Before I release the next version of Moon I want to create about three or four music tracks for the various areas that are currently present. I think if I can enhance the feel and mood of the observatory, the caves and the hidden areas I’ll be very happy.
This track is my first attempt at something for the caves. I’m pleased with lots of things about it (especially the ‘drip’ notes) but over all I’m not sure if it’s right. At the moment it feels too much like the sound track for a random RPG not Moon. It might be easier if I just let it sit here for a while and come back to it with fresh ears. Anyway, please let me knoiw what you think.
It seems that my new enthusiasm for music creation is having some effect. Having completed the previous track I went straight into another one.
This one is much lighter and has a lot more of the mystery I was looking for. Obviously I’m still learning so it’s not as polished as I’d like but I think it’s an improvement none the less. Once I start to feel a little more happy and comfortable about the creative processes I’m using to drive my composition I might make a post about it.
Since I began occasionally fumbling around in various bits of music production software about 14 years ago I’ve used samples almost exclusively. Occasionally I’d throw in a half a dozen notes or a pad sweep from a synth but these occasions were exceptions to the norm.
The main reason for this has really come down to my lack of knowledge of the language of music itself. I’ve got reasonably good at knowing when I like something and even if it’ll work with everything else in my track, but I’ve never really known why; At least not at a fundamental note by note level. I can’t actually play any instruments and have never read music so this is not all that surprising.
Some time ago this lack of understanding began to bother me. The rate at which I poked at my music software dwindled to almost nothing. I’ve made one track I actually like in the past 3 years. I just wasn’t getting what I wanted anymore. So I stopped.
Then I did something better; I started reading.
Three weeks ago, I spent some money and updated my music software. This meant I’d have to justify to myself the expense and put it to some use. I also bought a book on music theory to supplement all the reading I was doing on the subject across the internet that had lead me to upgrading in the first place. Plus I need music for Moon and it’s not going to create itself.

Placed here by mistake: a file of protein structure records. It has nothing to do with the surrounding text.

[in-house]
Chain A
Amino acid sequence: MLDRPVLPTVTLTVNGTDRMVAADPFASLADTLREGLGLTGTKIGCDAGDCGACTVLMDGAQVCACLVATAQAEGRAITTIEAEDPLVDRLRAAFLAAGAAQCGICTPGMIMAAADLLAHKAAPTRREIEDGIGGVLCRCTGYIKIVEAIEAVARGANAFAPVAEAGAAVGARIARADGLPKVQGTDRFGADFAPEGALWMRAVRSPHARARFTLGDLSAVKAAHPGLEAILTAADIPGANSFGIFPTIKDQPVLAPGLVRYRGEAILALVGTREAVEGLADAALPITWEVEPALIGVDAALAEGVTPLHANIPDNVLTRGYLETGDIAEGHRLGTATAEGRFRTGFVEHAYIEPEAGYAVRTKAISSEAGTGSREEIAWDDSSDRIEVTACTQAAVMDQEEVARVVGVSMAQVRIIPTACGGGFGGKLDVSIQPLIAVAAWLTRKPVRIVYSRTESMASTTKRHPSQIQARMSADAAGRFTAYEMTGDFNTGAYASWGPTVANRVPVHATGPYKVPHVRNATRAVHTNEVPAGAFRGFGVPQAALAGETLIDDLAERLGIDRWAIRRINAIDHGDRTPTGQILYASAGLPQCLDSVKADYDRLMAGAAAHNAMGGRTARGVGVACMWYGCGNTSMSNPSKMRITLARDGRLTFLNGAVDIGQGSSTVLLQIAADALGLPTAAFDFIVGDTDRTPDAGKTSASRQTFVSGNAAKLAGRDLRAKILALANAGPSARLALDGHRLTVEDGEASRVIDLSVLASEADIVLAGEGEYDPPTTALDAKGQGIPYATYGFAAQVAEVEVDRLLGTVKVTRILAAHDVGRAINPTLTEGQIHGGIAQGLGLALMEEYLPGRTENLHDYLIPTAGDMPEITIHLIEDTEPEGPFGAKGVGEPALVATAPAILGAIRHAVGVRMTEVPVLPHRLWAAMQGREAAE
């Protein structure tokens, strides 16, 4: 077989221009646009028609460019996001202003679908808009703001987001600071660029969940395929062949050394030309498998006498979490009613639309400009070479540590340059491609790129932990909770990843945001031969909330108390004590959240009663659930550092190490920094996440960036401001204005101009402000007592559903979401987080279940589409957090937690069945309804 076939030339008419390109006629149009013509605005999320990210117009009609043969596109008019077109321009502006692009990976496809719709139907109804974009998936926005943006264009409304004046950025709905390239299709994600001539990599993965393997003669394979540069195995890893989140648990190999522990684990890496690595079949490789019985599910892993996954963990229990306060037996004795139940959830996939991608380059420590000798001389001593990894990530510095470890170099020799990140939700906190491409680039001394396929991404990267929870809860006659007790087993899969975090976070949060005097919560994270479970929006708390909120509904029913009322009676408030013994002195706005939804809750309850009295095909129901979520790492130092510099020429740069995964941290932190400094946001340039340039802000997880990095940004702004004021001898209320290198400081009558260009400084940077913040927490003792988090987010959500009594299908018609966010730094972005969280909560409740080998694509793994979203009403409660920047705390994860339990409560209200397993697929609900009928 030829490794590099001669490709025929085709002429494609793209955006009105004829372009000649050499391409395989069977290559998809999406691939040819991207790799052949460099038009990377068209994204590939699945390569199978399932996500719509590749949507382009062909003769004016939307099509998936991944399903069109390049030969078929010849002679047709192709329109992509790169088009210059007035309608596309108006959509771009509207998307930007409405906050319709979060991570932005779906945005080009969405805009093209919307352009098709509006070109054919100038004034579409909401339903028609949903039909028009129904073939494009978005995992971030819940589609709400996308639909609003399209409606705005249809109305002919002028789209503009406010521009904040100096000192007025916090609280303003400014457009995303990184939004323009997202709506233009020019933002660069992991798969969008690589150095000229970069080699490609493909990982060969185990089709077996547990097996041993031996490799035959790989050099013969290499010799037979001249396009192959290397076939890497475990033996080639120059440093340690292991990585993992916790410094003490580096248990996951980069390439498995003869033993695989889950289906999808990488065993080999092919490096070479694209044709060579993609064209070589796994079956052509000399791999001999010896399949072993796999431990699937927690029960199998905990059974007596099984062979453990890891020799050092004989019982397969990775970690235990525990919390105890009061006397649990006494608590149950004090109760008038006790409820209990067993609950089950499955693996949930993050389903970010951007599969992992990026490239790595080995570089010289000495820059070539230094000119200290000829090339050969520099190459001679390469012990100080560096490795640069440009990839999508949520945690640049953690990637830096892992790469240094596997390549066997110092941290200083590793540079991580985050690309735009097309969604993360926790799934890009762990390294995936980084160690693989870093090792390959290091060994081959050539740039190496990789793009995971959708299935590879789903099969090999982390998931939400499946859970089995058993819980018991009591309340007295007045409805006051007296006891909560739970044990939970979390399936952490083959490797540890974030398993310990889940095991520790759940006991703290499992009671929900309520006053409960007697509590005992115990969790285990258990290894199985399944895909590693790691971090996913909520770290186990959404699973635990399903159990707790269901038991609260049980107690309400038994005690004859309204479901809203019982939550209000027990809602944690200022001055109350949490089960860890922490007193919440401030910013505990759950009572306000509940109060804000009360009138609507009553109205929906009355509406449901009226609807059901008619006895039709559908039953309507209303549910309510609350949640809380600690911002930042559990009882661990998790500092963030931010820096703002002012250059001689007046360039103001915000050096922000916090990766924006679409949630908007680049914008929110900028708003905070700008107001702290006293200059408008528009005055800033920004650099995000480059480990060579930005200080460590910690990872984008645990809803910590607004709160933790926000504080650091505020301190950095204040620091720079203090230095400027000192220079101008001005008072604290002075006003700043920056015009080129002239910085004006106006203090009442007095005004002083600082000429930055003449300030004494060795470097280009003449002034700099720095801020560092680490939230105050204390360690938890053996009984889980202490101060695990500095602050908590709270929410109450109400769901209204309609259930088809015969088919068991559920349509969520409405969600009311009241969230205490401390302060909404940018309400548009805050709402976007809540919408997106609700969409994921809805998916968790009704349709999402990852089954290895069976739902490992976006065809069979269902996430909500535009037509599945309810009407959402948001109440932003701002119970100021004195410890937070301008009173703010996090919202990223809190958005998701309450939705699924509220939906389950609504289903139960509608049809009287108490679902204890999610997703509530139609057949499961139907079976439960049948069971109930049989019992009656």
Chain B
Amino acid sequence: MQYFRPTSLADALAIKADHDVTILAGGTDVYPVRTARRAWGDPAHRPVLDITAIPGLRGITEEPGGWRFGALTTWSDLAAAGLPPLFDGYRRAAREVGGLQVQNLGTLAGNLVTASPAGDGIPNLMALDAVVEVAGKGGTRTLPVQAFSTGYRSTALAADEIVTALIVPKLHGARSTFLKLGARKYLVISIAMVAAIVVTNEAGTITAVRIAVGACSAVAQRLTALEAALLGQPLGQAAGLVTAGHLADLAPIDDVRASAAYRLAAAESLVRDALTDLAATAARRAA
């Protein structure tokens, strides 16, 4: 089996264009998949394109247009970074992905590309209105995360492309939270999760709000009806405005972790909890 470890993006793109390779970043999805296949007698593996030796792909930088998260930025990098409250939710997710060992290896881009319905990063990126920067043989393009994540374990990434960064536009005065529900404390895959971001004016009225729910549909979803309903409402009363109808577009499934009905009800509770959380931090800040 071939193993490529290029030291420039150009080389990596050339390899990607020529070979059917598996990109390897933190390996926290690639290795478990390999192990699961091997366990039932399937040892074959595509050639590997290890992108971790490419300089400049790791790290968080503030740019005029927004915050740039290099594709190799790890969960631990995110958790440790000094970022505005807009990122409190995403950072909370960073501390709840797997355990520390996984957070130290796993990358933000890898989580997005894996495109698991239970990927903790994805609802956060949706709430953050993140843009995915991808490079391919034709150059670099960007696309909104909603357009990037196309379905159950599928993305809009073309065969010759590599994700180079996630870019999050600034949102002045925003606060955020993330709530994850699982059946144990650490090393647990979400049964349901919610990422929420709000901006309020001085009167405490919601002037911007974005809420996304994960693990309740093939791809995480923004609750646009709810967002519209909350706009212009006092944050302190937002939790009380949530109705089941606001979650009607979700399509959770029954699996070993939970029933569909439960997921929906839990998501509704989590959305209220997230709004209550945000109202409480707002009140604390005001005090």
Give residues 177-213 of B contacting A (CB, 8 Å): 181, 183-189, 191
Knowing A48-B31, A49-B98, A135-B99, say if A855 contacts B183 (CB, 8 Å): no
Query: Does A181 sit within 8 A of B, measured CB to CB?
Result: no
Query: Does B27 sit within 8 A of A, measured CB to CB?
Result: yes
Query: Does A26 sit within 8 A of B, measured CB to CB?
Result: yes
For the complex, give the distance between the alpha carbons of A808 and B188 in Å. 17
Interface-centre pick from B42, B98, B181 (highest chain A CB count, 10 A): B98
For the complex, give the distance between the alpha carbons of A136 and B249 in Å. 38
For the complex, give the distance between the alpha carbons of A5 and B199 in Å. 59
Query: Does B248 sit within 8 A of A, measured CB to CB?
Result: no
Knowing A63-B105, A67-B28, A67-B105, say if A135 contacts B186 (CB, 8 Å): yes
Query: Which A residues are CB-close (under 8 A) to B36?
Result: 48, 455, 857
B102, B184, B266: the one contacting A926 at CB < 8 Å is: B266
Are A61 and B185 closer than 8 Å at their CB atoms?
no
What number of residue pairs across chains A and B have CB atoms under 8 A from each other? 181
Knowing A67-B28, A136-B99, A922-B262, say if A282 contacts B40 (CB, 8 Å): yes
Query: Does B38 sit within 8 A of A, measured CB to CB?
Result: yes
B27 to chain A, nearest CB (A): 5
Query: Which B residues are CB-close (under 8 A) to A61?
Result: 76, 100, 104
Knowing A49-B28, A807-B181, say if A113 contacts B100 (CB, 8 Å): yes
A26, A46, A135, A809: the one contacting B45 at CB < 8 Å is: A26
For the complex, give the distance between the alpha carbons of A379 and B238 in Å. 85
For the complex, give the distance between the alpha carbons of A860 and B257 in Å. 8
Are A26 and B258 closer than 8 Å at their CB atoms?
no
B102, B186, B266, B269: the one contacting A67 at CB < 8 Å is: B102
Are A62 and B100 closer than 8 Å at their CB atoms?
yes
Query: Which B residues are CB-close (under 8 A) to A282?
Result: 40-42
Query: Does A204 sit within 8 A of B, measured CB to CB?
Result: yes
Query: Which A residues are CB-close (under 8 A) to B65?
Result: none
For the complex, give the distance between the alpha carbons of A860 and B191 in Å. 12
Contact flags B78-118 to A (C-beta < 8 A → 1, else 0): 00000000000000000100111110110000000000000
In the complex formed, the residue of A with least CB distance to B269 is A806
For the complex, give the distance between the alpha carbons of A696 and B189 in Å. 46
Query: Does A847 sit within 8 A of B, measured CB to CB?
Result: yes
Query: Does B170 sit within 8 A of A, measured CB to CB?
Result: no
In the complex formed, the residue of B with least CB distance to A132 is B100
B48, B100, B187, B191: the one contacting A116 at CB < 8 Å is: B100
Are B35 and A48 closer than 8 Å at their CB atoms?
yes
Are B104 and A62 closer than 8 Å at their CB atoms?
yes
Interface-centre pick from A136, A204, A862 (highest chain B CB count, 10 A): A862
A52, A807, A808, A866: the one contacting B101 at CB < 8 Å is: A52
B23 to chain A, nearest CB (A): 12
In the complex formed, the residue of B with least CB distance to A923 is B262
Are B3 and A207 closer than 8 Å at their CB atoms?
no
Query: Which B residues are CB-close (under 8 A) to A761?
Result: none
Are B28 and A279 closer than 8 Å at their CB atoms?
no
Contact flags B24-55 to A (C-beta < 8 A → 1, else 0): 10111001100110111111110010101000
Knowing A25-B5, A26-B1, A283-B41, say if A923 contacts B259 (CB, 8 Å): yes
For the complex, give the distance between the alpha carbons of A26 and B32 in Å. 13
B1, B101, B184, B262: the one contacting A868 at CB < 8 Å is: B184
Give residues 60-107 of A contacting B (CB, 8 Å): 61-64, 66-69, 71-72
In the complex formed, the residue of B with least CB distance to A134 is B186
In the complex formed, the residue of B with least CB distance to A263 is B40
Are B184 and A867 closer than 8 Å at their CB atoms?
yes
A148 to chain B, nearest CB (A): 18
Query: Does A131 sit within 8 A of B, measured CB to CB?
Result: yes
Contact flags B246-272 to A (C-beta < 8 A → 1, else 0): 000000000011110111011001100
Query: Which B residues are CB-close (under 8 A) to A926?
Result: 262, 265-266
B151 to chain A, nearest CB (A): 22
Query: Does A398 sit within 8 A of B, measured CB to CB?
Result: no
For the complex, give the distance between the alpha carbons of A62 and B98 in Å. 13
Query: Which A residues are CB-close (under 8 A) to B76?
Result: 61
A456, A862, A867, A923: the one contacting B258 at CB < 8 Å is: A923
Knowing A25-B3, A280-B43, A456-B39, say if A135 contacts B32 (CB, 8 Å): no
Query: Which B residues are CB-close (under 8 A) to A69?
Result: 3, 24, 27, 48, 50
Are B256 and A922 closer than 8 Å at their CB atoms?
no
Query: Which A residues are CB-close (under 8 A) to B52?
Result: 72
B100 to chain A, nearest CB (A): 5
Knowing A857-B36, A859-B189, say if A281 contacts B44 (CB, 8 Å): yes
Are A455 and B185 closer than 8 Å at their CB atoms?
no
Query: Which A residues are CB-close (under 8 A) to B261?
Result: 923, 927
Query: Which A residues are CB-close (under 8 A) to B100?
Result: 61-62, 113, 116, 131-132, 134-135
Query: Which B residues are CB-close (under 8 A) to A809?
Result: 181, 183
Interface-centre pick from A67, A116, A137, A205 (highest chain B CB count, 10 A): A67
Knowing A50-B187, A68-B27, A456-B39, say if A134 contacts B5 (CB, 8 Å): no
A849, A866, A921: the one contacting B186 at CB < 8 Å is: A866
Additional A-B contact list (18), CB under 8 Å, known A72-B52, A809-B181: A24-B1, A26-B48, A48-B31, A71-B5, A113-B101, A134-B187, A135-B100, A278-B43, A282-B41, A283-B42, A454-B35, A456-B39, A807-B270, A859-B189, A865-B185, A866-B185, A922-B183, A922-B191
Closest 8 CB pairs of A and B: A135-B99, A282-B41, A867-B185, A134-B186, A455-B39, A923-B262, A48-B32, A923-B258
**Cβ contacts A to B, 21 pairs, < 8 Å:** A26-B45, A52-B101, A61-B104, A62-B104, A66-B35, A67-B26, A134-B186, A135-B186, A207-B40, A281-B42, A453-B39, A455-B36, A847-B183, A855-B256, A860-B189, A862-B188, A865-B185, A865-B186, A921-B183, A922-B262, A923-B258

Suddenly, in the space of two weeks I’d produced more than 16 bits of music that I didn’t hate; Each one constructed without samples from individual notes up. Each one based on some actually musical theory. They’re more like crude sketches than anything I’d put on here but the important thing is that I actually produced something I liked. Possibly for the first time in years.
Anyway, This last week has been spent putting together something that might end up in Moon, assuming I don’t fall out with it. To people that are more skill in these things than me it may seem simplistic (I still think the mix of each of it’s elements is a bit rough) but it’s made without the samples I’ve relied on for years. I think that in itself is worthy of putting it up here.
In keeping with the traditions layed down by many other indie developers I’ve dsecided to give you a quick summary of what I’ve been upto and what you can expect in the next release. All this while at the same time giving no clear indication when that release might be. For some time I’ve been hearing reports that Moon takes a long time to start on laptops or that everything starts up fine, except the graphics (the black screen bug as it’s been called). Along side all this I’ve also had some requests for some sort of cloud save support, so that when you’ve played for a bit at the office you can carry on where you left off when you get home. So, to address all these things I’ve spent much last few months making some pretty significant changes to the file system, graphics startup code and game save files. First, I’ve added additional checks into the graphics startup code so thet if your playing on an intel laptop that has more than one graphics system it chooses the more capable (non-intel) one if it’s available. This should much improve the experience of those of you that see the …
So soon, what’s new this time you might ask? Well there a few bits of hidden fun stuff for you to enjoy (maybe the image above is a clue). Lots of little bugs squashed and a nice quick simple installer. I’ve also added some extra code to make it a little easier to help you if you do get bitten by any of the remaining bugs, so please let me know if you have any trouble (or suggestions / annoyances) For best results you should delete the files in your AppData/Local/Moon folder and start a ‘New Game’ Download